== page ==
Teams have become a strategic tool in organizations’ success. Due to the recent financial crisis, organizations are restructuring themselves in order to be able to compete effectively and efficiently in the highly demanding market. Management in many organizations has agreed that teams are more flexible and responsive to the continuous changing environment than traditional departments. Teams have the capability to quickly unite, organize, coordinate, adapt and disband.
Contrary to the traditional belief, the success of a team depends less on how clever, talented or qualified employees are, and more on how they behave. Employees should be able to understand their team roles within a particular team; this will assist them in developing their strengths, managing their weaknesses and improving their overall contribution to the team.
Akhtaboot presents the nine roles that make up a balanced and successful team; each is grouped within three main types of employees.
Action Players: Result Oriented Employees
The Team Executive – Implementer
Have you never missed a deadline? Do you like to turn people’s ideas into positive action? Are you are willing to handle jobs everyone else avoids or dislikes? If you answered yes to all of the above, then you are an “Implementer”. Implementers rarely miss deadlines and are eager to turn decisions and strategies into defined and manageable tasks, sorting out objectives and pursuing them logically. However, most implementers are close-minded and inflexible.
The Doer – Shaper
Do you like to be challenged? Do you tolerate working under pressure? Do you usually say what’s on your mind? Do you do whatever it takes to achieve your goals? All the above characteristics define a perfect “Shaper” who gives structure and energy to the team and directs them towards achieving results. Yet, while they strive to achieve their objectives, Shapers sometimes forget to be sensitive to the feelings and perceptions of others.
The Perfectionist – Completer
Have you ever been frustrated from a teammate who worries excessively about minor details and refuses to delegate tasks? Sorry for the bad news, but you can’t kick him out of the team because nothing will be finalized without this annoying team member. What we call a “Completer” is a perfectionist who will often go the extra mile to make sure everything is just right. Completers are detail-oriented and motivated by their own high standards.
Saviors: Problem Solving Employees
The Genius – Plant
Don’t ever underestimate a “Plant”! He is quiet and silent, but when the time is right he astonishes the team with innovative and creative ideas. Plants are open-minded and willing to accept change. They are geniuses but have low communication skills, as they are unable to deliver and convince other team players of their ideas.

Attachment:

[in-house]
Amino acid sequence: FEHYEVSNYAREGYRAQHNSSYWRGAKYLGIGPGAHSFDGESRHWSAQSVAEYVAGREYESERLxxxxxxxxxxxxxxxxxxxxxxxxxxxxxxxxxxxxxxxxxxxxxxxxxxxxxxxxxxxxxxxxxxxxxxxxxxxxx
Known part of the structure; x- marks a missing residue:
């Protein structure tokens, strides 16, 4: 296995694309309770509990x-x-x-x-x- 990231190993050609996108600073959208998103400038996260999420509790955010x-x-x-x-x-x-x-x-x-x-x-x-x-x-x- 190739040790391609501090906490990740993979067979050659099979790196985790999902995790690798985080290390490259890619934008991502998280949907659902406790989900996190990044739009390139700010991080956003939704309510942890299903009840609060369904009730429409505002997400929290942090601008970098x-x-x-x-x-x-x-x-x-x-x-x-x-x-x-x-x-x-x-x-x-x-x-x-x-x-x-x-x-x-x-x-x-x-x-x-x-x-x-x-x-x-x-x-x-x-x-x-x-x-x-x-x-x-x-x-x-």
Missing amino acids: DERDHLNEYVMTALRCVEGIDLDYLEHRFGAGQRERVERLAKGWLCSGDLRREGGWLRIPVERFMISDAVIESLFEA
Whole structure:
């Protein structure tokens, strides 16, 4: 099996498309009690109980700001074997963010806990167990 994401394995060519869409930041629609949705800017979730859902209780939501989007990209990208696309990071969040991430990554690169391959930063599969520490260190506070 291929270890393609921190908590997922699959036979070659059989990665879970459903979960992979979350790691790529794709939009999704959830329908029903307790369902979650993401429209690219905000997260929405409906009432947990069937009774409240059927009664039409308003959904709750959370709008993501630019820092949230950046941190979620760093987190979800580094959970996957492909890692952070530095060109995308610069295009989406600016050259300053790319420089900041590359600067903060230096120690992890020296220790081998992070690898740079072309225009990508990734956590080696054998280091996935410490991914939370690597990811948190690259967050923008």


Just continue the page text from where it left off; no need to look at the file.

The Person Who is Loved by Everyone – Monitor
“Monitors” are fair and logical observers, they judge their colleagues based on what they actually see. In most situations and problems, Monitors will make the right decision, as they are unbiased and are able to see all options with the greatest clarity. They take everything into account; they move slowly and analyze all aspects of the situation. However, they can become excessively enthusiastic for some things without logical grounds, and they may face difficulties inspiring themselves or others to be passionate about their work.
The Know-it-all – Specialist
Have you ever felt that there is only one team member who you always can turn to when you are stuck or when you need information about a specific subject? He is the “Specialist” of the team. Specialists tend to be the most knowledgeable about their own particular field, as they are eager about learning and educating themselves. They are constantly working to improve their skills and wisdom. Specialists bring a high level of concentration, knowledge and expertise to the team, but they limit their involvement to cover this narrow aspect of team work.
The Leader – Coordinator
Have you ever felt deceived by a team member who only implies to others what they should do but he does nothing to help? Unfortunately, this team member is playing the leader role and he manages the team’s chaos. By default, the “Coordinator” becomes responsible for organizing tasks among team members. He explains group goals, sets the agenda and the timeline but does not dominate discussions.
The Fuel of the Team – Teamworker
“Teamworkers” are the oil that keeps the team engine running. They are good listeners and excellent in resolving conflict. The value of Teamworkers tends to show only when they are absent and when the team begins to argue and no one is there to solve the problem. Because of their unwillingness to take sides, a Teamworker may not be able to take decisive action.
The Thief – Resource Investigator
The “Resource Investigator” is enthusiastic; he vigorously pursues contacts and opportunities at the start of the project and passes his enthusiasm to other team members. He focuses his attention on building relationships outside the team rather than concentrating on internal issues. Unlike a Plant who strives to create new ideas, a Resource Investigator would rather steal them from outside parties. Yet, he tends to lose his energy by the end of a project and he starts to neglect small details.
The success of a team is not only about having all the above team member types, it’s also about the integration and coordination of these roles. Teams can be made up of 4 to 12 employees; therefore, it’s not necessary for a team to have all the 9 mentioned roles. Best teams, regardless of their size, try to utilize the benefits of each member’s role toward achieving a common goal, so keep in mind that wearing the same t-shirt doesn’t make you a team!